It soon comes around: the quarterly visit to my GP surgery to see the diabetes nursing practitioner.
I was there this morning, having all the tests: urine analysis; blood pressure checked; blood samples taken and sent for analysis; body weight checked.
And of course, I had my feet examined for peripheral neuropathy – which is a condition that affects the nerves and is one of the long-term complications of diabetes.
Our nervous system is complicated; although in basic terms, its function is to transmit signals between different parts of the body. You could say nerves are the pathway from our brain to the rest of our body.
Neuropathy can occur in diabetes patients and mainly affects the feet and the legs – although it has been known to affect the hands and arms of some people. It occurs as a result of high blood glucose levels which then damage the small blood vessels that supply the nerves. It can stop essential nutrients reaching the nerves; the nerve fibres then become damaged or disappear altogether.
We tend not to give much thought to the health complications we could suffer when we are first diagnosed with diabetes. But, diabetes is a progressive disease and if neglected or untreated, neuropathy is just one of the more unpleasant complications that we could suffer.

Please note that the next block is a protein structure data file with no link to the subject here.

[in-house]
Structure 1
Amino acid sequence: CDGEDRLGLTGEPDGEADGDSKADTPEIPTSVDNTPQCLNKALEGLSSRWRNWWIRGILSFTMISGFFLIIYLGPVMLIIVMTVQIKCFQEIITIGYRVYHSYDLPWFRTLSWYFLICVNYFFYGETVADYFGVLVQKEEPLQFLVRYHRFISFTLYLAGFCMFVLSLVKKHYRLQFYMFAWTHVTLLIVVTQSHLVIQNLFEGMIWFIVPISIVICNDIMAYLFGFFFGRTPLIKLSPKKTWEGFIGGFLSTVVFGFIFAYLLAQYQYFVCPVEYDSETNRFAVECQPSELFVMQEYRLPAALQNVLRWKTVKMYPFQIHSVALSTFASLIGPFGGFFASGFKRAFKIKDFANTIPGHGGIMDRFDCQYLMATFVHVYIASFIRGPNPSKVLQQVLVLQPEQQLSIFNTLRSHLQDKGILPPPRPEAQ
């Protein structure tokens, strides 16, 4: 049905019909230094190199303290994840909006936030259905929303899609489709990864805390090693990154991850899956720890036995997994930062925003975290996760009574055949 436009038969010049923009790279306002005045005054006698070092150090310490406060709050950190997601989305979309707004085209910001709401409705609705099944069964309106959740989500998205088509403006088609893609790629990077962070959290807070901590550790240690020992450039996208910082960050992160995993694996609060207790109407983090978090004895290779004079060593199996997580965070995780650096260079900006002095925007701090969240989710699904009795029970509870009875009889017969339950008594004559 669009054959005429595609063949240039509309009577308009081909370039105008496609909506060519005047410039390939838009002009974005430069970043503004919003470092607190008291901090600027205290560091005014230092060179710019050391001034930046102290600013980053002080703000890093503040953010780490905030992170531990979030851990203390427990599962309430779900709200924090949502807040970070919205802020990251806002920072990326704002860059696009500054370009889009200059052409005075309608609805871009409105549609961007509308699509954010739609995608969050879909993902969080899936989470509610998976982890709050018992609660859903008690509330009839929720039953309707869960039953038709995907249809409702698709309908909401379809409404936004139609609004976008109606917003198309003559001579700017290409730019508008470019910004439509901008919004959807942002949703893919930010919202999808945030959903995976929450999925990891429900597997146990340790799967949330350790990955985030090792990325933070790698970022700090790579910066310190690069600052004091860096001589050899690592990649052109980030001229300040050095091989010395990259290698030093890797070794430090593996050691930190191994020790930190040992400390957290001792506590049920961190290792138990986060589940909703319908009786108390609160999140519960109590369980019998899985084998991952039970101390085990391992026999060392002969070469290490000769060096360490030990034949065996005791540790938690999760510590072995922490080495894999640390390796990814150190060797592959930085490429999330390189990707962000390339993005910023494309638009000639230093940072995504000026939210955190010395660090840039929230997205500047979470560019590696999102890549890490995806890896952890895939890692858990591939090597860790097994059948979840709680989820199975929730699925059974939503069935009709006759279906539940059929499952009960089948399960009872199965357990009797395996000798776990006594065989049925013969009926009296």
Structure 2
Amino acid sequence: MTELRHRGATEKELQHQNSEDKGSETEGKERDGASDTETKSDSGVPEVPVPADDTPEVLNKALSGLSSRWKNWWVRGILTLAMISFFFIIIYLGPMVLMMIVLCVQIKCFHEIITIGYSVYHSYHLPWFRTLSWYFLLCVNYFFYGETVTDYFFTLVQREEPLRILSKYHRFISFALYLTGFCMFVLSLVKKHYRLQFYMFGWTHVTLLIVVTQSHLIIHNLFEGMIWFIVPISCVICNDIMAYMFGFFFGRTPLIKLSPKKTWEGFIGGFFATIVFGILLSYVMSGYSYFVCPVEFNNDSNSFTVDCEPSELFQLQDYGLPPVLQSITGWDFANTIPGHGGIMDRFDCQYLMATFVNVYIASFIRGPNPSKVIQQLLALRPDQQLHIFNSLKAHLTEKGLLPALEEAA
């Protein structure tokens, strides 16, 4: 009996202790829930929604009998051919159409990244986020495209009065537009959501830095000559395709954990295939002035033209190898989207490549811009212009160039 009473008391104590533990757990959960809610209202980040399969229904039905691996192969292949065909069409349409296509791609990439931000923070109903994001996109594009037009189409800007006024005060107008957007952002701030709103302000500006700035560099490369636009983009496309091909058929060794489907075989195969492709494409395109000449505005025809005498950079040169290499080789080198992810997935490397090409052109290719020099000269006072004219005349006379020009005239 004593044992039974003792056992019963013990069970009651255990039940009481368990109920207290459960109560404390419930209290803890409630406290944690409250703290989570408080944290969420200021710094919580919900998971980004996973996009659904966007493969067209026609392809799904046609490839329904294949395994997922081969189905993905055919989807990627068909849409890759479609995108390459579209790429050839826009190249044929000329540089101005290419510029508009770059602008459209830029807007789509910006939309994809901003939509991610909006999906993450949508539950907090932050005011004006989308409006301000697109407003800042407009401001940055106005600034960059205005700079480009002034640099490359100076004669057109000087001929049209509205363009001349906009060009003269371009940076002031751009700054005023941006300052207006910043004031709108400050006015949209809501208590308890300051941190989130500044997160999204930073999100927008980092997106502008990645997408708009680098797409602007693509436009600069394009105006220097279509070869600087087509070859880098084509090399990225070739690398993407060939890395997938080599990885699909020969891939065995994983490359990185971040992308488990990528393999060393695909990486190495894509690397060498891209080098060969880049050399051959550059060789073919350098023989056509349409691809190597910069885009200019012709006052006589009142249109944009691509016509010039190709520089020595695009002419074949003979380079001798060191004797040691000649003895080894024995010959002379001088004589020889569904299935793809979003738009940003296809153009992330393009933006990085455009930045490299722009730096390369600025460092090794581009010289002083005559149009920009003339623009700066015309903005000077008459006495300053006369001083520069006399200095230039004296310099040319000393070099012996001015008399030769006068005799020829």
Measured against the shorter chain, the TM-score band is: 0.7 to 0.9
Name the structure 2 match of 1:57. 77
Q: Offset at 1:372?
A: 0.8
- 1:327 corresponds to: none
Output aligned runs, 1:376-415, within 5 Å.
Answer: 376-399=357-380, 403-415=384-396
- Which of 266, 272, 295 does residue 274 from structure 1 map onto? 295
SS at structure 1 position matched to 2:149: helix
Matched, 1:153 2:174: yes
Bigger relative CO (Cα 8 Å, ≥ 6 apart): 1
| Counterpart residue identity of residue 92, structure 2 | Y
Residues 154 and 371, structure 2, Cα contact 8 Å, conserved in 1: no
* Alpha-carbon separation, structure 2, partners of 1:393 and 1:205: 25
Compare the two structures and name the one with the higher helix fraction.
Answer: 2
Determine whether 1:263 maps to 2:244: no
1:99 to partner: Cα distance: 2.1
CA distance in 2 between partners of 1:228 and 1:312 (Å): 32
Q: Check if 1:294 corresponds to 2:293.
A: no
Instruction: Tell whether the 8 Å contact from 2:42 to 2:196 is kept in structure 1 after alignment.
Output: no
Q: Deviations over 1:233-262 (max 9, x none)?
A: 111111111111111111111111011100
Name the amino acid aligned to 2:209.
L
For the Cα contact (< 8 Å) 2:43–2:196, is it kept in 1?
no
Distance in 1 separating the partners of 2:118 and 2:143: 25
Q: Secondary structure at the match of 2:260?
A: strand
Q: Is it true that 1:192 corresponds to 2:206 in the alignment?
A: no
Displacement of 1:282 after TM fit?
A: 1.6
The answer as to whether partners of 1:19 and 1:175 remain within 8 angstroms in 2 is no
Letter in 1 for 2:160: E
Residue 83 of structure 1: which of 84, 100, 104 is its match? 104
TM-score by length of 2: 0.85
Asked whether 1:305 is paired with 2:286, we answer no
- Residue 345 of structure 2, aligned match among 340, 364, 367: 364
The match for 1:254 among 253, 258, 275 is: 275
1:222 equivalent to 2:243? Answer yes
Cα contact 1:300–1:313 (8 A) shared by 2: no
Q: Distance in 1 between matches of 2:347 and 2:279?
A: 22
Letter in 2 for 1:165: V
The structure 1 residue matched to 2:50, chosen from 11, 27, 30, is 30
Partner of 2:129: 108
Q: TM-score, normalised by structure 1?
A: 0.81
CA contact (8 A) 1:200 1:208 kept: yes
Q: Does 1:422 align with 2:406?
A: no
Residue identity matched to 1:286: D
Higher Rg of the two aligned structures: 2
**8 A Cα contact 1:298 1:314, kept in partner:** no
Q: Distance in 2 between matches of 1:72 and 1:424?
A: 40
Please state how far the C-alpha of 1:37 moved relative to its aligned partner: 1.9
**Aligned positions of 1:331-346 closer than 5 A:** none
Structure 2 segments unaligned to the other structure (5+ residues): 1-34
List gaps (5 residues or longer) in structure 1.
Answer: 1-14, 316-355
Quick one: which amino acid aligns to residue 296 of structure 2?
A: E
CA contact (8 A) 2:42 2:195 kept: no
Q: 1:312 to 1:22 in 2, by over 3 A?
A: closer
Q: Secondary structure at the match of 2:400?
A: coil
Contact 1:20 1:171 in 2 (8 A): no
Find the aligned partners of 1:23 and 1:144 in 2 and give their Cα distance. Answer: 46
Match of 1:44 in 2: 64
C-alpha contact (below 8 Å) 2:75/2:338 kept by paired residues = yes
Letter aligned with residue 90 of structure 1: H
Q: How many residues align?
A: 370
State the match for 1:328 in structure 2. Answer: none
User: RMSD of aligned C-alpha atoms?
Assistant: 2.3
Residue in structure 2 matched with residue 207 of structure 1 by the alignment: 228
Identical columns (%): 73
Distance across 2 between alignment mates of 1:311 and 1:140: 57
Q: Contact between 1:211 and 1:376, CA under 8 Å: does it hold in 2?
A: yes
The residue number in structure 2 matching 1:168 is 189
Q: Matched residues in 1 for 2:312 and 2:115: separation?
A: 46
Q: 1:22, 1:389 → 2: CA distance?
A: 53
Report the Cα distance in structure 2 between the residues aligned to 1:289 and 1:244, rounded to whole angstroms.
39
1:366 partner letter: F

Not wishing to sound melodramatic: neuropathy can lead to limb amputations; it’s therefore very important that firstly, we take care of our blood sugar and keep it strictly under control; and at the same time, we must take care of our feet.
The primary hazard for a diabetes sufferer who has peripheral neuropathy, is loss of feeling in the feet. It can be dangerous because you may not notice minor injuries caused by:
- Walking around barefoot
- Sharp objects in shoes
- Friction from badly fitting shoes
- Burns from radiators or hot water bottles
How do you know if you have peripheral neuropathy?
The symptoms of peripheral neuropathy include:
- Tingling and numbness
- Loss of ability to feel pain
- Loss of ability to detect changes in temperature
- Loss of coördination – when you lose your joint position sense
- Burning or shooting pains – these may be worse at night time
If you think you may have any of the symptoms it’s a good idea to mention it to your GP. If you would like to know more about peripheral neuropathy: about its diagnosis, its treatment etc. I can recommend logging onto MedicineNet.com.